He cites many examples that irritate him where schools will only allow high achievers to take AP classes. He disagrees with this limited access and thinks the classes should be accessible to anyone who wants to try. (No mention of "diversity".) He does account for low income though - as it's proven that higher income students do better on the SAT and ACT.

Cerebration said...

BTW - if you are really interested in the whole "AP" issue, you may want to read this essay by an AP teacher, who also graded AP tests for the Board.

It's long - but fascinating --

Anonymous said...

To Cerebration: Thank you for following up on the Newsweek list! Just saw it. This blog is terrific -- so much information and so many viewpoints.

Anonymous said...

Kudos to this Cross Keys student!!

June 26, 2009
Student Profile:

Yehimi Cambron, 16

Cross Keys High School, rising senior

Since before she can remember, Yehimi Cambron has immersed herself in art.

"My mom says I started drawing ever since I started school," said Yehimi, the daughter of Maria Alvarez and Candido Cambron of Brookhaven.

Art has long been an integral part of Yehimi's life, even through the challenges she faced when she moved to Atlanta from Morelia, Mexico, in 2001.

"At the beginning, it was really hard," she said. "There was a great language barrier. It was tough, but you learn."

Yehimi adjusted to life in a new country while cultivating her passion for art. She has taken every visual arts class offered at Cross Keys, including the college-level Advanced Placement art class.

This past school year, Yehimi was the president of Cross Keys' Art Club, and she hopes to continue to hold the position next year. She is a member of the school's National Art Honor Society, which was formed last year.

Yehimi has received recognition for her artwork, and last semester some of her work was displayed at ChocoLaté Coffee on Shallowford Road. She was a finalist for the Governor's Honors Program for art this year. While she was not selected to attend the program this summer, Yehimi said the process was "a good experience."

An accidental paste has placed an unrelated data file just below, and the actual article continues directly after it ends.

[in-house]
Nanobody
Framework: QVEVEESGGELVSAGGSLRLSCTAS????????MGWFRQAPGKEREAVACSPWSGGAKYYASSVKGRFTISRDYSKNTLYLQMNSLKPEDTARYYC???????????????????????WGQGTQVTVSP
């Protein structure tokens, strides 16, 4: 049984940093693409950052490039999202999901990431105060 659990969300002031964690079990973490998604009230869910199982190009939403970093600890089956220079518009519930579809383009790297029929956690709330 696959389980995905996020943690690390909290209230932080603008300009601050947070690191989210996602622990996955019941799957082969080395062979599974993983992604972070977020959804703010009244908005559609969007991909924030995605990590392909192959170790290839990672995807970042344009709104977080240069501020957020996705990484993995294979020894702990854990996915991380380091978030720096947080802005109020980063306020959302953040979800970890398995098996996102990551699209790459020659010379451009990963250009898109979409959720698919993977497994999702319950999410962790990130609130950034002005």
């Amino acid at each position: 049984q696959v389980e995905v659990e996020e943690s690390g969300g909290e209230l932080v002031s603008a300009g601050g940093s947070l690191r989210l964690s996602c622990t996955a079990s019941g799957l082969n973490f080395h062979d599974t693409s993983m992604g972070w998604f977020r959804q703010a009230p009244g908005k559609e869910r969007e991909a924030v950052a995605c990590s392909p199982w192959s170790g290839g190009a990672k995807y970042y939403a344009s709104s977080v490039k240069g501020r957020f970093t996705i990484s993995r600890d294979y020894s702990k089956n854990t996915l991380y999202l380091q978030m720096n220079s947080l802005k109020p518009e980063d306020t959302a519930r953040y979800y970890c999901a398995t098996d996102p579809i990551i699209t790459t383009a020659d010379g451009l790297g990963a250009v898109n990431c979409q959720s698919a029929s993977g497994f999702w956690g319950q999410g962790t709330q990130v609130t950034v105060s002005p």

In addition to her passion for drawing and painting, Yehimi recently discovered her interest in making jewelry. In particular, she enjoys making earrings, and she plans to sell her jewelry and other artwork at Atlantic Station.

Besides art, Yehimi has played on Cross Keys' varsity soccer team since her sophomore year.

"I started out as a bench warmer, but I think I've improved a lot," Yehimi said. When the school year begins, she hopes to be named team captain.

Yehimi is active in community service as a member of the National Honor Society, Beta Club and Interact Club. She is also involved in Student Council and primarily works with the decorations committee in preparation for Cross Keys' homecoming dances.

Outside school, Yehimi has a job at Aleskat Studio Foto Video Film, where she feeds her artistic interests by working extensively with photo editing programs such as PhotoShop.

What's Next:

Yehimi plans to apply to a few colleges in the Atlanta area, with Agnes Scott College being her top choice. She also plans to apply to Oglethorpe University, Emory University, Georgia State University and Piedmont College, located in Athens.

Yehimi will likely major in art education and pursue a career as an art teacher.

Kim Gokce said...

I picked up more intelligence on CKHS performance this week ... looks like CKHS missed AYP this year by about 8 students' test results. About 30 sophomores were "moved up" to 11th grade last year and tested with the juniors. While this decision was in the best interest of the kids, it did cost the school AYP.

Had the school "played the game" better, they would have repeated the feat of having all schools in Cross Keys zone making AYP. That would have been 2 years in a row for the zone - a feat I don't know that anyone made this year.

If anyone has any doubts about the ability of CKHS to provide competitive educational opportunities, I hope you re-consider your assumptions about this most mis-understood of DeKalb high schools.

I was there yesterday speaking to their Interact Club - a service club. I can not put into words how impressed I was by the room full of young people. We were a room full of 1st or 2nd generation immigrants (including me) and I was impressed by just how well these teenagers presented themselves. Cross Keys HS truly defies the misconceptions that circulate among those who do not know the school.

They are working on recycling programs, service via Hands On Atlanta, Aids Walk, and many other civic minded efforts. They were a real treat to meet and I can't wait to see their progress this year.

Echoing Cere's post above about stand outs at CKHS, here one of this Class' high achievers:

Carlton Washington - CKHS Stand Out